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Old 12-06-2010, 08:27 AM   #148 (permalink)
t vago
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Quote:
Originally Posted by jakobnev View Post
I'll try to illustrate the difference with a couple of idealized graphs.
This is the idea that drives concepts like displacement on demand, valve throttling, and (to a lesser extent) variable valve timing. This is the idea that illustrates why a diesel engine is generally more efficient than an otherwise equivalent gasoline engine. The higher compression ratio of a diesel engine does not provide as much fuel economy savings as is generally thought.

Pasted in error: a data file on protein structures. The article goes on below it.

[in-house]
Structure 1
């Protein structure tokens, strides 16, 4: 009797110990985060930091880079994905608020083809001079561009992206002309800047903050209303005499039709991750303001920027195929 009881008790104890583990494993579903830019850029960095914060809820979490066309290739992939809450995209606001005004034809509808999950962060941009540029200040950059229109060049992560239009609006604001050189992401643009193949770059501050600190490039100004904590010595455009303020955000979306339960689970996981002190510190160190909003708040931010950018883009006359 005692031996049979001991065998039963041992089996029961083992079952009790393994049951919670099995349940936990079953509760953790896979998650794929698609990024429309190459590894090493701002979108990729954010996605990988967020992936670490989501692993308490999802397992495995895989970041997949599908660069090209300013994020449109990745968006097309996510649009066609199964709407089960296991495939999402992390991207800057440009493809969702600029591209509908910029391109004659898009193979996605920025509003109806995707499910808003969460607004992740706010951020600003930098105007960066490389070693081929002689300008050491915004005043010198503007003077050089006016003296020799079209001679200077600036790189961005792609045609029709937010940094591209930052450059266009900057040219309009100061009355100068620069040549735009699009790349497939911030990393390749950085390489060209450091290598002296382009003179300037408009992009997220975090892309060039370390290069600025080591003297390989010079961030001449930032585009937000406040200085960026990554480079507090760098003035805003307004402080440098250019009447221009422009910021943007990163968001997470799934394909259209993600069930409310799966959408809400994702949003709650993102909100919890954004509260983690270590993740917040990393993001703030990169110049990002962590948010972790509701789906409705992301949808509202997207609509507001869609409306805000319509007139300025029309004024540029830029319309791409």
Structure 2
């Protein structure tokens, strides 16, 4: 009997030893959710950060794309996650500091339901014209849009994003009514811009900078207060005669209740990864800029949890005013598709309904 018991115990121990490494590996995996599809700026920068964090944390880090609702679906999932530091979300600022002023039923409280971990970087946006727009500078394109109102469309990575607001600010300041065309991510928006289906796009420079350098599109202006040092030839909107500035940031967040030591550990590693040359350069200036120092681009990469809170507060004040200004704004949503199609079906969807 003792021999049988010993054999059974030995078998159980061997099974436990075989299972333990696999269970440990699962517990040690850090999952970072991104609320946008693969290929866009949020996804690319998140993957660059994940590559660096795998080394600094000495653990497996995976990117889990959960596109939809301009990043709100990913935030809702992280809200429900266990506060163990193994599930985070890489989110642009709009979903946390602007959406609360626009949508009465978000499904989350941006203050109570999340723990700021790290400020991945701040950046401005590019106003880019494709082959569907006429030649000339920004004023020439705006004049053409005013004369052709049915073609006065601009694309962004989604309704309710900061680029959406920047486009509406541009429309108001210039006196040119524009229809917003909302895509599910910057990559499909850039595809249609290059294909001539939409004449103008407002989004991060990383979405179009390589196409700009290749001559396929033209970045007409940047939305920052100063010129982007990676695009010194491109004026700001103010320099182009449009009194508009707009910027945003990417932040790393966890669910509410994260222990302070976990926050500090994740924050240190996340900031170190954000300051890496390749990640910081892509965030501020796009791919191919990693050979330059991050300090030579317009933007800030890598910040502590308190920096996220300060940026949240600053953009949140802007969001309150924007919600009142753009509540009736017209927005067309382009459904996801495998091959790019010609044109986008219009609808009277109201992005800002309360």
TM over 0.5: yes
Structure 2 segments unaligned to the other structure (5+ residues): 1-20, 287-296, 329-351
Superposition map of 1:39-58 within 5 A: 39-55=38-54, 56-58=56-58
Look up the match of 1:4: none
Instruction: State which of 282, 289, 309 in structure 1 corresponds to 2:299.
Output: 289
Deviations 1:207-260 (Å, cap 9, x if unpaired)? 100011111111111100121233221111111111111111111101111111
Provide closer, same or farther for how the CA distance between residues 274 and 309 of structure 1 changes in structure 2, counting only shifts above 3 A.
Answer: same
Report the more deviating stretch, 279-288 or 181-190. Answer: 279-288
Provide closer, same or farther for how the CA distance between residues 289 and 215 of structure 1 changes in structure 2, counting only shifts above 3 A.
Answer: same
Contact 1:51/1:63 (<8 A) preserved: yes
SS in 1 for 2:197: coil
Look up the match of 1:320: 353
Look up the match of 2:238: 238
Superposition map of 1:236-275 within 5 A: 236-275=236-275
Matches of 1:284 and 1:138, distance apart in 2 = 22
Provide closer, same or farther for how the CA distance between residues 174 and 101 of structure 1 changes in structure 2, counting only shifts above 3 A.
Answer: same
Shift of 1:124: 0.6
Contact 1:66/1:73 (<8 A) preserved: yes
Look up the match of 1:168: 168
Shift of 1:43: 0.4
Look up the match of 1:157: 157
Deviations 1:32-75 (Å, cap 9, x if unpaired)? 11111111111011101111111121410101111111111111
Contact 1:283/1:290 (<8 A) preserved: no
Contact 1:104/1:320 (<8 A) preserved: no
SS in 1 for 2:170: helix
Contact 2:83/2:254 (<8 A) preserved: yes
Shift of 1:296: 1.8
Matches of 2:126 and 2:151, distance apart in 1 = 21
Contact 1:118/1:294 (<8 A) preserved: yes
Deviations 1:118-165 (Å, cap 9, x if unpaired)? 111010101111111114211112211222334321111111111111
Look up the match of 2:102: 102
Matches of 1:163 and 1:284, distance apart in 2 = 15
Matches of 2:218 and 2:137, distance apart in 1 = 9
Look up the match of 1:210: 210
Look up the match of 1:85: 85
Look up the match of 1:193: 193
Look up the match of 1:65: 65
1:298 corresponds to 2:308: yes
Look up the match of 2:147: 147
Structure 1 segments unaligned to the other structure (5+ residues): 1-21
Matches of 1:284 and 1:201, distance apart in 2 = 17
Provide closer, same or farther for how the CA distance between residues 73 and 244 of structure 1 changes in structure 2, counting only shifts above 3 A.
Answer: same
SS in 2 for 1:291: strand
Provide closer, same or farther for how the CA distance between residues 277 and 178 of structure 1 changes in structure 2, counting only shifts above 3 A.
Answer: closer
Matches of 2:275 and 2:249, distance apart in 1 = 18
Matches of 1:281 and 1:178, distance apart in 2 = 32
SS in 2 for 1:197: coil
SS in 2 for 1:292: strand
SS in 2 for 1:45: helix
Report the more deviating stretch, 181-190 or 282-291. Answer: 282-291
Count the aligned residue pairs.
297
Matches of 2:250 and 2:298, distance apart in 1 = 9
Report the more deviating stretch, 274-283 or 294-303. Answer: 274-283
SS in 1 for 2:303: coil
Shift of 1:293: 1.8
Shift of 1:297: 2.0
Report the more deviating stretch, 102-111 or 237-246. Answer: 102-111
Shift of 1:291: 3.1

It takes energy to generate a vacuum inside the intake manifold, and it takes even more energy to suck air past that hideously restrictive throttle plate. Those two energy draws are interrelated, but are in fact separate. That's in addition to having to suck air past the poppet valves in the head. Keep in mind that these energy draws are not used in generating any useful output.

It is still possible to generate an intake vacuum without using a throttle plate to restrict air. If you use a small enough venturi, you can allow the sonic speed of the incoming airflow to limit the airflow itself to act as an effective throttle, and the venturi will allow that self-limited airflow to expand to form the vacuum.

Last edited by t vago; 12-06-2010 at 08:44 AM..
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